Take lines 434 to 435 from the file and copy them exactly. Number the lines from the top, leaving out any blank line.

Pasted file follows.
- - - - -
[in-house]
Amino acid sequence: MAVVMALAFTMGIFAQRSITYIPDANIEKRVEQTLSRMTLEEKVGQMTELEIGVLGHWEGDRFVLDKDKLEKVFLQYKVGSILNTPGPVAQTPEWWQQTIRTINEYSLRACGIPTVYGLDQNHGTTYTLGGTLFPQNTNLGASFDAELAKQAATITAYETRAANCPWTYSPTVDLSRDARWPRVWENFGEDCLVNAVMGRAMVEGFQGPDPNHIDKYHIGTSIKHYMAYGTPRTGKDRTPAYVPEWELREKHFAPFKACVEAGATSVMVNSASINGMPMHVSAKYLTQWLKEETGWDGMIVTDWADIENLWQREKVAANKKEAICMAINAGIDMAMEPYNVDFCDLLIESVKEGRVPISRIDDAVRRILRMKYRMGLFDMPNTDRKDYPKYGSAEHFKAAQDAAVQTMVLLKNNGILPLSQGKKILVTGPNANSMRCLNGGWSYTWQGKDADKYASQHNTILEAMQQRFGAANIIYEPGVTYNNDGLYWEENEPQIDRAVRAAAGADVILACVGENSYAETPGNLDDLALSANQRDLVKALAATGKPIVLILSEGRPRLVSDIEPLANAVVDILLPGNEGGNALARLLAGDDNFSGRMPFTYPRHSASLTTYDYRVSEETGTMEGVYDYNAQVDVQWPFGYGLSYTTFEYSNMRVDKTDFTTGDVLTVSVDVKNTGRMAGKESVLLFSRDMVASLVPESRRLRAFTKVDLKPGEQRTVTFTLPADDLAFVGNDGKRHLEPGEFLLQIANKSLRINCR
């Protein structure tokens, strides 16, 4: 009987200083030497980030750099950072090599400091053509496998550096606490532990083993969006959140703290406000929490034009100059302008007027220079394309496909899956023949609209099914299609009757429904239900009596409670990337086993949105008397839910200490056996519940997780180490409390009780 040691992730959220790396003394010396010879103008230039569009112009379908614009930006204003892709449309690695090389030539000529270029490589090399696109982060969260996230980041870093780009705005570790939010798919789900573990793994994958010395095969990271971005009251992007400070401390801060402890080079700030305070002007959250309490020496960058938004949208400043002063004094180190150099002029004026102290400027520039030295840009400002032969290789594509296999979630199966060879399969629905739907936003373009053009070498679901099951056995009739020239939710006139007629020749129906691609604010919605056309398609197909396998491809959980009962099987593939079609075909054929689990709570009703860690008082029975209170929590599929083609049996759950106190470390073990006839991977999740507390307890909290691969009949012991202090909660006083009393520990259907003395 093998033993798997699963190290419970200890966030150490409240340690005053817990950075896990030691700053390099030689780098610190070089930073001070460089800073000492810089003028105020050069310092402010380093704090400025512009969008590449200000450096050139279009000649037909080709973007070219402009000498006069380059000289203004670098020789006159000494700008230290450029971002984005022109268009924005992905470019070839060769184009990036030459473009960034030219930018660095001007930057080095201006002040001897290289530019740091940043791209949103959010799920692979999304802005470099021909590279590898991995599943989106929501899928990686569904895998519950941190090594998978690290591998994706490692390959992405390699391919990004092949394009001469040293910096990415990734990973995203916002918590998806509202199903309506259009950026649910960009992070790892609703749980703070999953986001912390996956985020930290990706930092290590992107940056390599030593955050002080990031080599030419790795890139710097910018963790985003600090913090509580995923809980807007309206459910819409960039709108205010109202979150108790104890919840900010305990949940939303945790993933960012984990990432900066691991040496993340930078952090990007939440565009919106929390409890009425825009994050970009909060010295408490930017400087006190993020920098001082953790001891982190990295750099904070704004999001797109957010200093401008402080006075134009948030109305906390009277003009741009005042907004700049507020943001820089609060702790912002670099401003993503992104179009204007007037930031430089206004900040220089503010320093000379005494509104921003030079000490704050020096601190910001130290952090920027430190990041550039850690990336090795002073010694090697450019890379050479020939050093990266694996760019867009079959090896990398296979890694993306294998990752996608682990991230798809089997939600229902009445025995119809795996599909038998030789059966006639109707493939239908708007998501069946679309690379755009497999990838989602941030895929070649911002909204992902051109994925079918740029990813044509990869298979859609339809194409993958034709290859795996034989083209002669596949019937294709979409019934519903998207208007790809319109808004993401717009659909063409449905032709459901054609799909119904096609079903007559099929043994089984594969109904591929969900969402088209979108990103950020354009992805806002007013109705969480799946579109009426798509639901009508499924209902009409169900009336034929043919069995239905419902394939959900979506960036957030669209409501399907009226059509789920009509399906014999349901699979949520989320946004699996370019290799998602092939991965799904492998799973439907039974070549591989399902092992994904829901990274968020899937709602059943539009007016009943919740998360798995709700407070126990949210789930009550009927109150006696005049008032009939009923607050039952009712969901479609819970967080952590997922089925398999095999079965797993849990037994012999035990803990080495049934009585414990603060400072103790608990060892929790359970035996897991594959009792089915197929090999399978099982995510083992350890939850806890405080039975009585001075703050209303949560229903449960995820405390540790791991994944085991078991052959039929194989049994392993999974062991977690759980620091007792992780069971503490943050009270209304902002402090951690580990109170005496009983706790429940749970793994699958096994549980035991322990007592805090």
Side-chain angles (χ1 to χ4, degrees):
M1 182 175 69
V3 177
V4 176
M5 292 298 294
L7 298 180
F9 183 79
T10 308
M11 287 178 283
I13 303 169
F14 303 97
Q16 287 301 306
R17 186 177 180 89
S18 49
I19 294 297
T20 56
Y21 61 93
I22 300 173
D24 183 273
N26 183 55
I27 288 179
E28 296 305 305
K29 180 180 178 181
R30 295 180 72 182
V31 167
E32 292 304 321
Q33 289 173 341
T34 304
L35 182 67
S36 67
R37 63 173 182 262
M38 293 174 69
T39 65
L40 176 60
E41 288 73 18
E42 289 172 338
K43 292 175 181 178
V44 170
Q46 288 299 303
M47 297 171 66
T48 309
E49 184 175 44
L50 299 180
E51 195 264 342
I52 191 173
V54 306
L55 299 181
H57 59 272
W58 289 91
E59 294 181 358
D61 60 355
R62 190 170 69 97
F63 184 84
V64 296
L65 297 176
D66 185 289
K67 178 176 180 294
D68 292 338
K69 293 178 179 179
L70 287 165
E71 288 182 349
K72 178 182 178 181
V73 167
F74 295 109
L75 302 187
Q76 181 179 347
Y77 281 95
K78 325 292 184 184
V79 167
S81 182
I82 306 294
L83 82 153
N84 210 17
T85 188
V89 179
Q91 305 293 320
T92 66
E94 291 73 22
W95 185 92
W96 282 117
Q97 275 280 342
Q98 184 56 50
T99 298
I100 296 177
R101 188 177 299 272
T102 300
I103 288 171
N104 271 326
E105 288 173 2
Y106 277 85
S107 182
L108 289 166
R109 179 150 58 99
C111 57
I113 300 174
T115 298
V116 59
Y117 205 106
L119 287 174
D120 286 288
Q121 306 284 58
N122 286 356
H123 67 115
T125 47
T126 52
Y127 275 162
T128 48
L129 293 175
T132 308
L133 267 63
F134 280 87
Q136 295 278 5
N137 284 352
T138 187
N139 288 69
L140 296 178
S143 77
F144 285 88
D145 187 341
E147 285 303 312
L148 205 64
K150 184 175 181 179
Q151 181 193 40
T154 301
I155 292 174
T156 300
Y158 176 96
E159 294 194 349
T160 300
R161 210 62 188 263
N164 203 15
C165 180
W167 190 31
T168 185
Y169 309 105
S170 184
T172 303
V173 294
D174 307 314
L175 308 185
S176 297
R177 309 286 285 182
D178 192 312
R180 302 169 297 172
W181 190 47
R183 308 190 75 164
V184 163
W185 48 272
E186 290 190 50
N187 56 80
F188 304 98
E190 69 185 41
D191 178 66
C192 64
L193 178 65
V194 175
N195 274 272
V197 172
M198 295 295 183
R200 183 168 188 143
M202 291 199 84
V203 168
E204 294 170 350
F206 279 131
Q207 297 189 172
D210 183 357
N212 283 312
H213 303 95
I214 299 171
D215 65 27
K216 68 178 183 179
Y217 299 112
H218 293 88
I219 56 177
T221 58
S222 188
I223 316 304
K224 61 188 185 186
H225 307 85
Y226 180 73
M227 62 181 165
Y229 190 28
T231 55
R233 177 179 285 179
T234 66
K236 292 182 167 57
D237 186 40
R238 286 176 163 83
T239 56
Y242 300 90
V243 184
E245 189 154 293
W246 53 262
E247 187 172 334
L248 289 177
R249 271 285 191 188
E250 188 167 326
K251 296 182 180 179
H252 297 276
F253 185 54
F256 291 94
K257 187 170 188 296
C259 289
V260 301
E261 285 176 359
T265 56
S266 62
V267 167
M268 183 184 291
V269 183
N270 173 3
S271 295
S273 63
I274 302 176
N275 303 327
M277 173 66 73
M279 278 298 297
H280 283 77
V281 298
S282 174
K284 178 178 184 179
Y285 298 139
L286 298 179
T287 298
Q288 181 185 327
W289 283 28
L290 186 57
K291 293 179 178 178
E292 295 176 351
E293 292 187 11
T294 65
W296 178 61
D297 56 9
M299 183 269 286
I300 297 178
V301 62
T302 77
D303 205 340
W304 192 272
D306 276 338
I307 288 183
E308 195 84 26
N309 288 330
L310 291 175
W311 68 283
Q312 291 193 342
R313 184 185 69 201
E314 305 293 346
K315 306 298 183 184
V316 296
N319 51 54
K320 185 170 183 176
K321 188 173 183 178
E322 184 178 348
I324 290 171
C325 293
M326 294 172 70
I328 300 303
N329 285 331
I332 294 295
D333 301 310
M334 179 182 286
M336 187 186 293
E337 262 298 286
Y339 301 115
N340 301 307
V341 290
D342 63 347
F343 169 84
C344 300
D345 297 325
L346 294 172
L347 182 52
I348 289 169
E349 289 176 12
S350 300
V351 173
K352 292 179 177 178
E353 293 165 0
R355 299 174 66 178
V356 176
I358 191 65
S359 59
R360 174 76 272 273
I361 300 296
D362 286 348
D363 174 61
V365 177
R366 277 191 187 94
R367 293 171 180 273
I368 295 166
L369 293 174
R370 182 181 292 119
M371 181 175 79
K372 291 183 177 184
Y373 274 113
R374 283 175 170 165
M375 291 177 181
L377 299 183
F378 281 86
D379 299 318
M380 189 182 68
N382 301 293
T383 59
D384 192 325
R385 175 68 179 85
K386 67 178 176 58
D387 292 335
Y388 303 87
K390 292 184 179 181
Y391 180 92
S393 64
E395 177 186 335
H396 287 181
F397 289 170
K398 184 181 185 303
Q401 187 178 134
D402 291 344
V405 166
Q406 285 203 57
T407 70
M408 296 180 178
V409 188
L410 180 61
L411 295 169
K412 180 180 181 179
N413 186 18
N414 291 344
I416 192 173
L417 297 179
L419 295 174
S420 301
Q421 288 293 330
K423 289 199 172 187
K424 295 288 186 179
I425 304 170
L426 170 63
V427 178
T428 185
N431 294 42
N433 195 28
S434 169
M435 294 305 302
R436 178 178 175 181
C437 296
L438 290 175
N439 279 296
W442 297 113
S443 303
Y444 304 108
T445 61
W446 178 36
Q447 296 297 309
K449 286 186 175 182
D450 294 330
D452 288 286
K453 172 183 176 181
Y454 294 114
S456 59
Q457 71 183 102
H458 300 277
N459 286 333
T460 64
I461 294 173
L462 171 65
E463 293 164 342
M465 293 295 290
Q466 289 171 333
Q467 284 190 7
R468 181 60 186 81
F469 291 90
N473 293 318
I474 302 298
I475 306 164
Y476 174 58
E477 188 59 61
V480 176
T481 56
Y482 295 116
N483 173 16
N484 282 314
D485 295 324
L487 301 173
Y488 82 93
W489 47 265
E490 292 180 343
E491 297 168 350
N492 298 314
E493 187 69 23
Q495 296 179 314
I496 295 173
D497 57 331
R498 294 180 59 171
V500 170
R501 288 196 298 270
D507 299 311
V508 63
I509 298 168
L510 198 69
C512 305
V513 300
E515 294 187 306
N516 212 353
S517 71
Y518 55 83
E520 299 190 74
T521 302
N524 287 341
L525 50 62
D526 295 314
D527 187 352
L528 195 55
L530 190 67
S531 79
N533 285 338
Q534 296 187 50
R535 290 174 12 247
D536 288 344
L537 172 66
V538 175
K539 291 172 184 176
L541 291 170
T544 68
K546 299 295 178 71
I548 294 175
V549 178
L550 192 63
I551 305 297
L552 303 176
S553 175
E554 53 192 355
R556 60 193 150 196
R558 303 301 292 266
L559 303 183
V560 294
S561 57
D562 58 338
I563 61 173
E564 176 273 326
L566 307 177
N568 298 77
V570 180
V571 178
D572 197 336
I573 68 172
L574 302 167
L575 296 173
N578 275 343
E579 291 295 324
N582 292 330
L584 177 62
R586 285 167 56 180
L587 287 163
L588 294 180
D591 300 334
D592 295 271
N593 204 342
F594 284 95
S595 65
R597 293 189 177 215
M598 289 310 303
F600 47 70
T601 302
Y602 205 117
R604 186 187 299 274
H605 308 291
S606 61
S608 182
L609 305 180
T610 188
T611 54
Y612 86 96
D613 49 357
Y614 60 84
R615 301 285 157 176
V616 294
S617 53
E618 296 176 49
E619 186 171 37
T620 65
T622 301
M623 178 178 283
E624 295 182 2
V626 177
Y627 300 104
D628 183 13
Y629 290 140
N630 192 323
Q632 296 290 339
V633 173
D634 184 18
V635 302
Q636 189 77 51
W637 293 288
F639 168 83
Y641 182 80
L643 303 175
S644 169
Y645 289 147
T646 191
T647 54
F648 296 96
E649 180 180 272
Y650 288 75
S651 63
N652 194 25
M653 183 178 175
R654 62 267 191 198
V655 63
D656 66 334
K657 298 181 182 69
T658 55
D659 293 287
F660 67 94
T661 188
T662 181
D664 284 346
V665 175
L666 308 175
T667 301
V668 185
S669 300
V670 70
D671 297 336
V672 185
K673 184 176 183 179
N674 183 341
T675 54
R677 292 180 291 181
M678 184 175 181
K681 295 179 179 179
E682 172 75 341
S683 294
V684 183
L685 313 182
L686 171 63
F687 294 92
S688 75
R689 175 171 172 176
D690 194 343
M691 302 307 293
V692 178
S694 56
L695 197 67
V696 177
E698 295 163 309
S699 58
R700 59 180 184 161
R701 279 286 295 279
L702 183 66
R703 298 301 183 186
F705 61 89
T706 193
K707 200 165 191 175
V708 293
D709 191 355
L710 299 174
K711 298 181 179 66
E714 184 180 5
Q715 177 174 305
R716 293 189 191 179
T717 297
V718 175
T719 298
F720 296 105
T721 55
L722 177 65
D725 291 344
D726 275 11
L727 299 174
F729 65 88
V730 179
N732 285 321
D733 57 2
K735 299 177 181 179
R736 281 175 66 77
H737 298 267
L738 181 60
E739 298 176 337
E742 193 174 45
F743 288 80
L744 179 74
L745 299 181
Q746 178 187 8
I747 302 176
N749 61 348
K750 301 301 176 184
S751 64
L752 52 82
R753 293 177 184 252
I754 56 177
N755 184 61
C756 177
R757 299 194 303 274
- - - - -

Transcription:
E554 53 192 355
R556 60 193 150 196